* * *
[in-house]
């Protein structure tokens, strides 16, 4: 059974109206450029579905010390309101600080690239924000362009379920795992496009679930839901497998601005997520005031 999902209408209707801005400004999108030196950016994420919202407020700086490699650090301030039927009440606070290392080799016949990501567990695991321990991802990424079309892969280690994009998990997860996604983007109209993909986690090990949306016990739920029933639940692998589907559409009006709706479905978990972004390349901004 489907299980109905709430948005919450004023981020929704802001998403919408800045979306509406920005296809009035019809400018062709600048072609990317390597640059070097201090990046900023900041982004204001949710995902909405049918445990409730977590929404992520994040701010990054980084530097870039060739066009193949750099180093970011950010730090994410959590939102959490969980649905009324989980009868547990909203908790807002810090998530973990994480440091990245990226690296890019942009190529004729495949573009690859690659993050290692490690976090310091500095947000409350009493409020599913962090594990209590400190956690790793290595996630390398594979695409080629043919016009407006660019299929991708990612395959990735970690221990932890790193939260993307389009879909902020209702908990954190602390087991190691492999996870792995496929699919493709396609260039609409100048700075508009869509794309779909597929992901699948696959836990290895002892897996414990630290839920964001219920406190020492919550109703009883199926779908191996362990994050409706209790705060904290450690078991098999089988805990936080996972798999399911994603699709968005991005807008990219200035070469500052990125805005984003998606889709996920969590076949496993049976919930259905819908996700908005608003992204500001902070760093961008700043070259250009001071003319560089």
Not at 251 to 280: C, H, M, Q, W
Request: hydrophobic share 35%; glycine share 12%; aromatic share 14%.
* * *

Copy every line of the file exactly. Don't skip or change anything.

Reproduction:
[in-house]
């Protein structure tokens, strides 16, 4: 059974109206450029579905010390309101600080690239924000362009379920795992496009679930839901497998601005997520005031 999902209408209707801005400004999108030196950016994420919202407020700086490699650090301030039927009440606070290392080799016949990501567990695991321990991802990424079309892969280690994009998990997860996604983007109209993909986690090990949306016990739920029933639940692998589907559409009006709706479905978990972004390349901004 489907299980109905709430948005919450004023981020929704802001998403919408800045979306509406920005296809009035019809400018062709600048072609990317390597640059070097201090990046900023900041982004204001949710995902909405049918445990409730977590929404992520994040701010990054980084530097870039060739066009193949750099180093970011950010730090994410959590939102959490969980649905009324989980009868547990909203908790807002810090998530973990994480440091990245990226690296890019942009190529004729495949573009690859690659993050290692490690976090310091500095947000409350009493409020599913962090594990209590400190956690790793290595996630390398594979695409080629043919016009407006660019299929991708990612395959990735970690221990932890790193939260993307389009879909902020209702908990954190602390087991190691492999996870792995496929699919493709396609260039609409100048700075508009869509794309779909597929992901699948696959836990290895002892897996414990630290839920964001219920406190020492919550109703009883199926779908191996362990994050409706209790705060904290450690078991098999089988805990936080996972798999399911994603699709968005991005807008990219200035070469500052990125805005984003998606889709996920969590076949496993049976919930259905819908996700908005608003992204500001902070760093961008700043070259250009001071003319560089």
Not at 251 to 280: C, H, M, Q, W
Request: hydrophobic share 35%; glycine share 12%; aromatic share 14%.